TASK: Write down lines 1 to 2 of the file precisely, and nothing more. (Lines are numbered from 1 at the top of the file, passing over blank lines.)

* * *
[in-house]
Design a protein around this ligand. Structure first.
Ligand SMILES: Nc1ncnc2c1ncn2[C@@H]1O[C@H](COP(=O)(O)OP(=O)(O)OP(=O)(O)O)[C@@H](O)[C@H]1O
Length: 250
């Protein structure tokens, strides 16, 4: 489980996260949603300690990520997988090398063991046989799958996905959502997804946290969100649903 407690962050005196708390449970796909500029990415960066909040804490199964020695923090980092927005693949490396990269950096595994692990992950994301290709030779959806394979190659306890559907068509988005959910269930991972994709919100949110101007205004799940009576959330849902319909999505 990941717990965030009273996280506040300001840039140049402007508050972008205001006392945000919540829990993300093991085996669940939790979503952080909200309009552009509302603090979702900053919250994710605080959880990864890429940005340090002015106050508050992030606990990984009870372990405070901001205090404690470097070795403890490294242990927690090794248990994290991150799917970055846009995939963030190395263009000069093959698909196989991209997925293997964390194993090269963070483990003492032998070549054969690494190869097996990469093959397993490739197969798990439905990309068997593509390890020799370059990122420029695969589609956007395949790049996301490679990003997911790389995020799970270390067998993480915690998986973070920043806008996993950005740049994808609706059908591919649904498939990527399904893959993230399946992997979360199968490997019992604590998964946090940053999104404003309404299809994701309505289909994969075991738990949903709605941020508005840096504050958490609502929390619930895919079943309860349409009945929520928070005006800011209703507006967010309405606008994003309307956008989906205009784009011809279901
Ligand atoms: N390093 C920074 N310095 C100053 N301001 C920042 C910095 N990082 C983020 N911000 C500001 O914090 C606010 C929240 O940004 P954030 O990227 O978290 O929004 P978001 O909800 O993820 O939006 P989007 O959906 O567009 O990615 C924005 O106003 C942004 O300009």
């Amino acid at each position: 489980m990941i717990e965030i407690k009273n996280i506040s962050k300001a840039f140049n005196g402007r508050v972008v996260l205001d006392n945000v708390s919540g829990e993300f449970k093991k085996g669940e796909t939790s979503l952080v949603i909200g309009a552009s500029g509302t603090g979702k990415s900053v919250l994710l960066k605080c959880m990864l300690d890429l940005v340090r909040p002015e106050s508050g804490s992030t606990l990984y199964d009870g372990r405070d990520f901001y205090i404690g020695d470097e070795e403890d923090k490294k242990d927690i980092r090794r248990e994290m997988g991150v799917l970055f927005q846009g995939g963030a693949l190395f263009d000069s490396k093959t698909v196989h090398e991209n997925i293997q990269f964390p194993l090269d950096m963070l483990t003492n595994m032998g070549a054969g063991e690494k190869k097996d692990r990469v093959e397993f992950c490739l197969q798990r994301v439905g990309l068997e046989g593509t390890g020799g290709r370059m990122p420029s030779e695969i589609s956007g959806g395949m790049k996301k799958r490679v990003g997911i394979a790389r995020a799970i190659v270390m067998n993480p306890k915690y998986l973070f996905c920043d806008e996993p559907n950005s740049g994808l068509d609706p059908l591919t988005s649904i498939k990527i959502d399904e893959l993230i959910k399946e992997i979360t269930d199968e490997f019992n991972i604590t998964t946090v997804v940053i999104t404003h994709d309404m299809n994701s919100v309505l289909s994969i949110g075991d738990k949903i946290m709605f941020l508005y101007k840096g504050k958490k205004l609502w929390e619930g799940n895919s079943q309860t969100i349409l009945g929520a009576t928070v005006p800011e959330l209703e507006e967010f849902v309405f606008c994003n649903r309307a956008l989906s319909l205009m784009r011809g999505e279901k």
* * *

[in-house]
Design a protein around this ligand. Structure first.